“We’re able to administer incoming requests to print to our lab,” Frasca said. “I know there are local universities with more than 100 (printers), but there’s bottlenecks when they’re in clusters of five or seven. They bottleneck quickly when 3-D printing has a success rate of 75 percent and, if you only have five printers clustered, you’re constantly dealing with a lot of down time.
“We’re never not printing.”
This network is based on the MakerBot Innovation Center platform, which Frasca says is the only cloud-based solution to network 3-D printing currently available.
The not-so-new technology
As a technology with double-digit growth and exciting implications for industries ranging from manufacturing to health care, 3-D printing is a topic that has been “#trending.” But all this recent attention may be misleading, causing one to think 3-D printing is a new technology.
Spoiler alert: It’s not.
The technology that makes 3-D printing possible has actually been around for roughly 30 years, though the practice has yet to become commonplace. What has taken so long?
While some suggest it’s because the technology is finally catching up in terms of its costs, others suggest that patents on the technology have been keeping costs up. As they expire, costs have been dropping and the technology has become more readily available.
Many of these key patents expired in 2014 and, as they expire, the cost of the technology drops.
While many implications are still uncertain, this wider availability may be the push that finally brings ubiquity to 3-D printing.
“I’m certain that, in two years, there’ll be a lot of options in this area,” he said. “But, right now, this is the only one.”
The university realizes this technology is a great way for students to get their first foot through the doors of private industry.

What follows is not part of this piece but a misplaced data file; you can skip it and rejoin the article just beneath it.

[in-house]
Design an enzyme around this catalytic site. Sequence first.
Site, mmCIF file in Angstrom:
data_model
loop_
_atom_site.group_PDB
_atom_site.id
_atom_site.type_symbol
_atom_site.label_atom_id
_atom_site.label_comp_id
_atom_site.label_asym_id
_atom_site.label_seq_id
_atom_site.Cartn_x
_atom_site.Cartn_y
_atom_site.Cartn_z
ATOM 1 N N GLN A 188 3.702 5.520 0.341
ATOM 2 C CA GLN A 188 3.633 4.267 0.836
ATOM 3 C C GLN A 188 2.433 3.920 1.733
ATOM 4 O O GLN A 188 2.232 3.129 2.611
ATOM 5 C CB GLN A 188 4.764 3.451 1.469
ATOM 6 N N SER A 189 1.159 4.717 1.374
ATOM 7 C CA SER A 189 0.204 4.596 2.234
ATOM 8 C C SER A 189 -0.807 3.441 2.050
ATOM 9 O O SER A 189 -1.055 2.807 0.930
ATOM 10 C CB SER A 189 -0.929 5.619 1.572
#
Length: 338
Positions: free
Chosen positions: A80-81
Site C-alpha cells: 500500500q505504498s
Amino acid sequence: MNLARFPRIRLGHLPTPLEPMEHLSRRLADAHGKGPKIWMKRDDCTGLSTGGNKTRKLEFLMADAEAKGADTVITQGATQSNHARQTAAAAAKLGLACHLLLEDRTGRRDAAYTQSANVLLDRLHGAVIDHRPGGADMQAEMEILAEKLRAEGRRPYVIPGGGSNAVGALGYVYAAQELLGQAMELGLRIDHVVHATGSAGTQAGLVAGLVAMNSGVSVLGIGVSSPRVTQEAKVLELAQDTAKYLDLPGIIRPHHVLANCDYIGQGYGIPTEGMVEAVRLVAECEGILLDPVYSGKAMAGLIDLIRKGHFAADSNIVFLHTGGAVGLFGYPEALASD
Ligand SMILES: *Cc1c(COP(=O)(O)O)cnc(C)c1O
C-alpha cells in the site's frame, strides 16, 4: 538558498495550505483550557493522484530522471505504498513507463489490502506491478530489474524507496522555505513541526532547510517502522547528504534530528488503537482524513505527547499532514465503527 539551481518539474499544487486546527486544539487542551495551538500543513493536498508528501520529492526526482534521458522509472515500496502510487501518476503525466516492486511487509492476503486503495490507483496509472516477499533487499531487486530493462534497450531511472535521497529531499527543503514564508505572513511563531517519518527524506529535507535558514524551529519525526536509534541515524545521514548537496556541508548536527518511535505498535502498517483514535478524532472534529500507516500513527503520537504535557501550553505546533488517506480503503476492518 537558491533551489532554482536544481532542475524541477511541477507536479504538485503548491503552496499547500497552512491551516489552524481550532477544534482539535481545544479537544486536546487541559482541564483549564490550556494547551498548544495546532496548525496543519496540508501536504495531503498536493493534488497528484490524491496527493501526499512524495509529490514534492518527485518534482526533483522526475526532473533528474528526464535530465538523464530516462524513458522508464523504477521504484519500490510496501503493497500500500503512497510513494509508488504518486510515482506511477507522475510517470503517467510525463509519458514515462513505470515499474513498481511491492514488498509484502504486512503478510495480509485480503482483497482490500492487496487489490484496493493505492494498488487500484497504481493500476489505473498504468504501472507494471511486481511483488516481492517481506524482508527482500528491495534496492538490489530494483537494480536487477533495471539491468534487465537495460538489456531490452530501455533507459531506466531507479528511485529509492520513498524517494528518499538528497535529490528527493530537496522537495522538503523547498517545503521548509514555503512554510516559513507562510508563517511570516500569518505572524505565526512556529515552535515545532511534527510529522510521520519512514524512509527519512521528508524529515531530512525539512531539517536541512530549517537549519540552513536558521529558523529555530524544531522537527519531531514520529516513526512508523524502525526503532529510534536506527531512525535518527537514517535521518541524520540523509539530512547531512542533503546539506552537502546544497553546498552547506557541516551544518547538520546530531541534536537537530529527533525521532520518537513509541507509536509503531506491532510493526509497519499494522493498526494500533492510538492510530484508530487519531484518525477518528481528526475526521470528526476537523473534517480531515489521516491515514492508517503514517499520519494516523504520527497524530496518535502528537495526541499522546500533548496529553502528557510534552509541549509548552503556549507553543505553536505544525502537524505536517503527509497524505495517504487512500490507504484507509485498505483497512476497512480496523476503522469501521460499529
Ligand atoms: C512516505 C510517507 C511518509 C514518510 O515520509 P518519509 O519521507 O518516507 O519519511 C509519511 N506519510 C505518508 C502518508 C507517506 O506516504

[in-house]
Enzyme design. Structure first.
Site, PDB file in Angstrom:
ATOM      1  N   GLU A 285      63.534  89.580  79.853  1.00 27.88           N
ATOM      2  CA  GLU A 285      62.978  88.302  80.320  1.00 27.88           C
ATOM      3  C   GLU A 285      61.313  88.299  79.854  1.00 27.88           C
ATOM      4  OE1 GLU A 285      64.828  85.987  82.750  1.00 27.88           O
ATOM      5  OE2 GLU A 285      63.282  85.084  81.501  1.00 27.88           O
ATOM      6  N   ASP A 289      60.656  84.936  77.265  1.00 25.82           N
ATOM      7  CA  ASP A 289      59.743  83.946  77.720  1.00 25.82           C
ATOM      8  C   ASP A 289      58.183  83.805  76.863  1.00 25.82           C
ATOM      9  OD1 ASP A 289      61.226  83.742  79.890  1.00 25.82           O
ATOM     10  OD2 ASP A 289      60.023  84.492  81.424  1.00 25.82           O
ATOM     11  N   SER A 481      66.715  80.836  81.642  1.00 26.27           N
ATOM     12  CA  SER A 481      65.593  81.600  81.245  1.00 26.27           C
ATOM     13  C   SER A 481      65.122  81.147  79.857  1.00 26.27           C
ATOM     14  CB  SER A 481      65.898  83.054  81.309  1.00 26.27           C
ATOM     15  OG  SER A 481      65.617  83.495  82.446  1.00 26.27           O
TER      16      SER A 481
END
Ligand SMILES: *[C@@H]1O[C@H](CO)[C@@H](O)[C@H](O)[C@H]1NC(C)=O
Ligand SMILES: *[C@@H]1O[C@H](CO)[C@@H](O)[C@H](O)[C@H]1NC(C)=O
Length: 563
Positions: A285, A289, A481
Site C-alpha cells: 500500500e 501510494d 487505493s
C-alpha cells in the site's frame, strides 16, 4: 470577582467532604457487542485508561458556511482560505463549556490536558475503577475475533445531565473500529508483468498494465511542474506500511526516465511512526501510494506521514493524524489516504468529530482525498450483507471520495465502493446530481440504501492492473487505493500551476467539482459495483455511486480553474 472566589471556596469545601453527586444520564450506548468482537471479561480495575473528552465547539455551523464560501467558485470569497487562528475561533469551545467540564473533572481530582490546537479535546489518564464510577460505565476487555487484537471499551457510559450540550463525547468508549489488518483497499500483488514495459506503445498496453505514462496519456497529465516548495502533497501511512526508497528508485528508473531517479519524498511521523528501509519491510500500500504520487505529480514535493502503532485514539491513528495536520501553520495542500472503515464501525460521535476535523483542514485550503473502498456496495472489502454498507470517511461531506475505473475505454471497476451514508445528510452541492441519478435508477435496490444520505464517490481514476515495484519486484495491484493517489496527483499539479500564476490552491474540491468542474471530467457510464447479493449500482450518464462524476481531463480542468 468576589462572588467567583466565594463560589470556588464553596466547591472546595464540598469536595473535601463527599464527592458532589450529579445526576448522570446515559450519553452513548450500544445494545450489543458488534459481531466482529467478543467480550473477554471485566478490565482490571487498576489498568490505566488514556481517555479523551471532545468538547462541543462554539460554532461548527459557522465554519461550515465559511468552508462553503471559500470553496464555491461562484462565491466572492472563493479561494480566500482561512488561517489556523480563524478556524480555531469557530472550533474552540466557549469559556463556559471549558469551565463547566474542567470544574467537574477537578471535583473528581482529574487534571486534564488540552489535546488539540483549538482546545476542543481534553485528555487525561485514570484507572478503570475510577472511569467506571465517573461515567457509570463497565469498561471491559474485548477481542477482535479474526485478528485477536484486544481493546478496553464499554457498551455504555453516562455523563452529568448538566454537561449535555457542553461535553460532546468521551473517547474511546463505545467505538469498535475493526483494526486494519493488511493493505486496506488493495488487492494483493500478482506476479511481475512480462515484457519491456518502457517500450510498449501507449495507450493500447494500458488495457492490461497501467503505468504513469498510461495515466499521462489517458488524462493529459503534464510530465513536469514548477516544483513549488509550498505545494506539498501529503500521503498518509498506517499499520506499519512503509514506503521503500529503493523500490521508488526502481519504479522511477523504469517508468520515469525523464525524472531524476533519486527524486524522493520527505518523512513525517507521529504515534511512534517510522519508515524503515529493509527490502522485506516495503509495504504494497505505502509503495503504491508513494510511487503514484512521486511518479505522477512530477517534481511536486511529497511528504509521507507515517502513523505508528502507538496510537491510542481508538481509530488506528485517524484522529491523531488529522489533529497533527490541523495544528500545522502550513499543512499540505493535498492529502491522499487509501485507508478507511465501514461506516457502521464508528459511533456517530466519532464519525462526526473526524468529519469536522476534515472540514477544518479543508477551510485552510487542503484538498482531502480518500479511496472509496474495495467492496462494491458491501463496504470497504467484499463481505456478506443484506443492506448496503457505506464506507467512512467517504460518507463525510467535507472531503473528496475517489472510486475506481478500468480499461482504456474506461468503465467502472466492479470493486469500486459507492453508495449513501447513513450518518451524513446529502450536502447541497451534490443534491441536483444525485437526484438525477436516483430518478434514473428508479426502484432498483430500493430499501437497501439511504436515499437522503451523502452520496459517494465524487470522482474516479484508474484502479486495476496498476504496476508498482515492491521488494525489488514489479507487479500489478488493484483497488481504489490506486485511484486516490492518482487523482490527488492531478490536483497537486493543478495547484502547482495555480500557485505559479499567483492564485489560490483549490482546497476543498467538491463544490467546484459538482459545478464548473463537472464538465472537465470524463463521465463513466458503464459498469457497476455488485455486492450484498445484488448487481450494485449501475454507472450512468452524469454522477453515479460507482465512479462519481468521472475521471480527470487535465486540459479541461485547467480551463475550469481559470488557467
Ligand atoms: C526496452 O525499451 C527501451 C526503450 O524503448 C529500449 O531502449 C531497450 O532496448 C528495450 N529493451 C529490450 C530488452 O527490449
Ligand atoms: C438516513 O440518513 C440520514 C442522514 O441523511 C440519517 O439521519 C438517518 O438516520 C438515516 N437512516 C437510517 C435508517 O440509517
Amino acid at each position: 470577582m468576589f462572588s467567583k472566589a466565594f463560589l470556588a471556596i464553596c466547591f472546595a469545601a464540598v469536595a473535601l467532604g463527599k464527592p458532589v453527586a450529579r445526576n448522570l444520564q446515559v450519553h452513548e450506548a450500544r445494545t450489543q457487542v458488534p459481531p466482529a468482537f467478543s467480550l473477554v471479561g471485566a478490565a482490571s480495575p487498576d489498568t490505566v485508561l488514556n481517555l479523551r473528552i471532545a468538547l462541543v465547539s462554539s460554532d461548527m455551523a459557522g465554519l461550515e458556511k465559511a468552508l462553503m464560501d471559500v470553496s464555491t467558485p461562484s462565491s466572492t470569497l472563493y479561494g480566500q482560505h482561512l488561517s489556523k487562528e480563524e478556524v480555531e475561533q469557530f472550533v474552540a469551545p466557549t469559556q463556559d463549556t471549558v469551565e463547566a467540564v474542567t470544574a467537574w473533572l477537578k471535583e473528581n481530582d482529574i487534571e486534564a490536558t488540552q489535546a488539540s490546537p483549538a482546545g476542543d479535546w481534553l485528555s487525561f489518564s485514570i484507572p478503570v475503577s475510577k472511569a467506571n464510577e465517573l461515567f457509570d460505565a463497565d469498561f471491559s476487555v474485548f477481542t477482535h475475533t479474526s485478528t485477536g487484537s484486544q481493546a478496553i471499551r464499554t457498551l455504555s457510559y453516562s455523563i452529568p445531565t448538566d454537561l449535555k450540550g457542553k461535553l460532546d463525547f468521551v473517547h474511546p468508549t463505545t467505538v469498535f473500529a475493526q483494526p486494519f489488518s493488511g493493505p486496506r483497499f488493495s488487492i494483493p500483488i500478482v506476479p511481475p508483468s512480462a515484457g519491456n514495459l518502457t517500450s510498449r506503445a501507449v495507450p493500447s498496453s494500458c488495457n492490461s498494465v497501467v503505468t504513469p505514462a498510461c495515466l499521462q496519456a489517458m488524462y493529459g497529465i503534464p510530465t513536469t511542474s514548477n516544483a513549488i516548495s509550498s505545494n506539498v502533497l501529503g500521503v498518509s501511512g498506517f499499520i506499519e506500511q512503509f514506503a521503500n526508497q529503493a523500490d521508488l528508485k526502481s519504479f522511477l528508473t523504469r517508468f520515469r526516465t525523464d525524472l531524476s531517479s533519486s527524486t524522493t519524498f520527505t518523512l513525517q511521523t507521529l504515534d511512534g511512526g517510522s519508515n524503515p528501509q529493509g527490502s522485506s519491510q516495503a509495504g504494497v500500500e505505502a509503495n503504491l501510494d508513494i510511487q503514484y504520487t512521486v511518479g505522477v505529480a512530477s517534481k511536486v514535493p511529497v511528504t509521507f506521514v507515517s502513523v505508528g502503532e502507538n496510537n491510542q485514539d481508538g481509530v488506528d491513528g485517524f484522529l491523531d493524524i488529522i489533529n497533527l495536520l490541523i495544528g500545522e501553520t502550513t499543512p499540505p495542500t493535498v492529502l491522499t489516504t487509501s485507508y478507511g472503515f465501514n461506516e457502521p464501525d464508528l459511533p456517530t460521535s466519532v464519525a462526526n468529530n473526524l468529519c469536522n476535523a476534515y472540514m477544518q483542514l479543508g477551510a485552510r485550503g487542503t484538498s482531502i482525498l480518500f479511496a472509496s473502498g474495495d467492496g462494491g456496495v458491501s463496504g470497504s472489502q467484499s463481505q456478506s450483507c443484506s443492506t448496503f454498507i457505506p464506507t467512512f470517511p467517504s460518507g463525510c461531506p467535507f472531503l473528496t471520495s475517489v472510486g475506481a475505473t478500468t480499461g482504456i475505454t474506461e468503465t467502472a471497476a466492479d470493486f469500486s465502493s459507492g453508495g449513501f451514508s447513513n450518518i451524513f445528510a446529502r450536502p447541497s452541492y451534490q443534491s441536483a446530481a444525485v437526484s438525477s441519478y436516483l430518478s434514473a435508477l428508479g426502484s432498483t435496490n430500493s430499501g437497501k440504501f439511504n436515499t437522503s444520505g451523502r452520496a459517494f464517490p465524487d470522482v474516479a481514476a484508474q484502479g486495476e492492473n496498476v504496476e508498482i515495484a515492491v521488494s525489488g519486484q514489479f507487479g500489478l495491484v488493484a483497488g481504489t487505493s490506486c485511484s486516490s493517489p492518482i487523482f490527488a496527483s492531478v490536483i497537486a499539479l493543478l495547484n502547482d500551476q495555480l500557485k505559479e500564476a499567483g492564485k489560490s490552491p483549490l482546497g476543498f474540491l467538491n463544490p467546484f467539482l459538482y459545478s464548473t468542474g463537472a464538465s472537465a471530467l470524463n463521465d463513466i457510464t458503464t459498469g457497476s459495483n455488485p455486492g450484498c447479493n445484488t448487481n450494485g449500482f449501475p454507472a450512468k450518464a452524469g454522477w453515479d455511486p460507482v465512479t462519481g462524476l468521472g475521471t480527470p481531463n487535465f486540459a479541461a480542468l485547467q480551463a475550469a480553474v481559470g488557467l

“We have a lot of companies coming to us saying they’re interested in our 3-D printing talent,” Frasca said. “So, we’re trying to create internships with companies that are looking for students with 3-D printing knowledge.”
Lamarca, too, sees added value from the perspective of a potential employer.
“I think what they’re doing is great because the students are going to come into this new technology out of college and actually work with companies like ours that need physical parts in the real world,” he said. “I think Montclair is well ahead of the curve with putting this facility and making the investment.”
Frasca said there is even another benefit for the school’s students: increasing the speed at which they can prototype, which allows for a process of more breadth within a single semester.
“They use it to bring their prototypes to life and get instant feedback on what they are creating,” he said. “We don’t have an engineering school to create their prototypes for them, so we’re sort of eliminating the engineer so they can get that instant feedback.
“They can do it much quicker, in just a few weeks, so they can have several iterations throughout the course of the semester.”